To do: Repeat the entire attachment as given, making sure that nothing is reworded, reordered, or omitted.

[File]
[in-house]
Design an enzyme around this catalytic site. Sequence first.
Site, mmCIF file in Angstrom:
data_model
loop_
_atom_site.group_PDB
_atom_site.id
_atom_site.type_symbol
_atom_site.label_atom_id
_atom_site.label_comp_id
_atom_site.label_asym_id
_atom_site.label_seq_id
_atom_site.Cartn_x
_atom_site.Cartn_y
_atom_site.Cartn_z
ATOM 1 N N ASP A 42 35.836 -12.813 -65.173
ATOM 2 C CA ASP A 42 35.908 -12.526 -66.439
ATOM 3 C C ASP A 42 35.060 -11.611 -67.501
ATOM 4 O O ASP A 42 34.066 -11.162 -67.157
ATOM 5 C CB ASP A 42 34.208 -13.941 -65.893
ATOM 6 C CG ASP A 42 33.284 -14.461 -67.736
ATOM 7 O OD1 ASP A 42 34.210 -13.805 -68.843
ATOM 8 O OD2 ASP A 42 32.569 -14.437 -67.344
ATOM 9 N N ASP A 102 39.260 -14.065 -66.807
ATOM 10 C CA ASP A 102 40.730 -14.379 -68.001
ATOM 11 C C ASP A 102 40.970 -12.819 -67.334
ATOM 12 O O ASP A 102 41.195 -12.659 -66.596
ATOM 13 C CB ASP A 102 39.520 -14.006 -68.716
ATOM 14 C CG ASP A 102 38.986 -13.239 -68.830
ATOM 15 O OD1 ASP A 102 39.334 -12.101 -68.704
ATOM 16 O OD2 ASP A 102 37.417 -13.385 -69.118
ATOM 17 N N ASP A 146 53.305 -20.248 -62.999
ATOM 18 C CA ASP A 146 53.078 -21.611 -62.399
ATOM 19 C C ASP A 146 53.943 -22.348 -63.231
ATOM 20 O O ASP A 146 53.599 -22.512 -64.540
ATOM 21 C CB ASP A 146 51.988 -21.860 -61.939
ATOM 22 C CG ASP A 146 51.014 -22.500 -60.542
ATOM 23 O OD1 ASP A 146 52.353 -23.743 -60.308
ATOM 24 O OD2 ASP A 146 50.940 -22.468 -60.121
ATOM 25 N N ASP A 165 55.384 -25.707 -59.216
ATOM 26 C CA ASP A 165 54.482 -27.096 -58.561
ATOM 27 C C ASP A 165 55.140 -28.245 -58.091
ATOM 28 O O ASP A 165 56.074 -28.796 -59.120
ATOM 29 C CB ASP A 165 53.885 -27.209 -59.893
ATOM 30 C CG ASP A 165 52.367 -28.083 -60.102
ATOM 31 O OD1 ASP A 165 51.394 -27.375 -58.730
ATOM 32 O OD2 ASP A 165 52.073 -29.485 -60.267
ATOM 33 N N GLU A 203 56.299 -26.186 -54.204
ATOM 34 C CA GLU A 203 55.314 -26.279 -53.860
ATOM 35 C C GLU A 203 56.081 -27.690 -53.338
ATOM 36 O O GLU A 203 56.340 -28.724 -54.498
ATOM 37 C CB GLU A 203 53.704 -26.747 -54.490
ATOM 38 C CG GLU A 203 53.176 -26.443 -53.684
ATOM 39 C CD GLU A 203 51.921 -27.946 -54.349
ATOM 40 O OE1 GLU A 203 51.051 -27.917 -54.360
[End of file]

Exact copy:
[in-house]
Design an enzyme around this catalytic site. Sequence first.
Site, mmCIF file in Angstrom:
data_model
loop_
_atom_site.group_PDB
_atom_site.id
_atom_site.type_symbol
_atom_site.label_atom_id
_atom_site.label_comp_id
_atom_site.label_asym_id
_atom_site.label_seq_id
_atom_site.Cartn_x
_atom_site.Cartn_y
_atom_site.Cartn_z
ATOM 1 N N ASP A 42 35.836 -12.813 -65.173
ATOM 2 C CA ASP A 42 35.908 -12.526 -66.439
ATOM 3 C C ASP A 42 35.060 -11.611 -67.501
ATOM 4 O O ASP A 42 34.066 -11.162 -67.157
ATOM 5 C CB ASP A 42 34.208 -13.941 -65.893
ATOM 6 C CG ASP A 42 33.284 -14.461 -67.736
ATOM 7 O OD1 ASP A 42 34.210 -13.805 -68.843
ATOM 8 O OD2 ASP A 42 32.569 -14.437 -67.344
ATOM 9 N N ASP A 102 39.260 -14.065 -66.807
ATOM 10 C CA ASP A 102 40.730 -14.379 -68.001
ATOM 11 C C ASP A 102 40.970 -12.819 -67.334
ATOM 12 O O ASP A 102 41.195 -12.659 -66.596
ATOM 13 C CB ASP A 102 39.520 -14.006 -68.716
ATOM 14 C CG ASP A 102 38.986 -13.239 -68.830
ATOM 15 O OD1 ASP A 102 39.334 -12.101 -68.704
ATOM 16 O OD2 ASP A 102 37.417 -13.385 -69.118
ATOM 17 N N ASP A 146 53.305 -20.248 -62.999
ATOM 18 C CA ASP A 146 53.078 -21.611 -62.399
ATOM 19 C C ASP A 146 53.943 -22.348 -63.231
ATOM 20 O O ASP A 146 53.599 -22.512 -64.540
ATOM 21 C CB ASP A 146 51.988 -21.860 -61.939
ATOM 22 C CG ASP A 146 51.014 -22.500 -60.542
ATOM 23 O OD1 ASP A 146 52.353 -23.743 -60.308
ATOM 24 O OD2 ASP A 146 50.940 -22.468 -60.121
ATOM 25 N N ASP A 165 55.384 -25.707 -59.216
ATOM 26 C CA ASP A 165 54.482 -27.096 -58.561
ATOM 27 C C ASP A 165 55.140 -28.245 -58.091
ATOM 28 O O ASP A 165 56.074 -28.796 -59.120
ATOM 29 C CB ASP A 165 53.885 -27.209 -59.893
ATOM 30 C CG ASP A 165 52.367 -28.083 -60.102
ATOM 31 O OD1 ASP A 165 51.394 -27.375 -58.730
ATOM 32 O OD2 ASP A 165 52.073 -29.485 -60.267
ATOM 33 N N GLU A 203 56.299 -26.186 -54.204
ATOM 34 C CA GLU A 203 55.314 -26.279 -53.860
ATOM 35 C C GLU A 203 56.081 -27.690 -53.338
ATOM 36 O O GLU A 203 56.340 -28.724 -54.498
ATOM 37 C CB GLU A 203 53.704 -26.747 -54.490
ATOM 38 C CG GLU A 203 53.176 -26.443 -53.684
ATOM 39 C CD GLU A 203 51.921 -27.946 -54.349
ATOM 40 O OE1 GLU A 203 51.051 -27.917 -54.360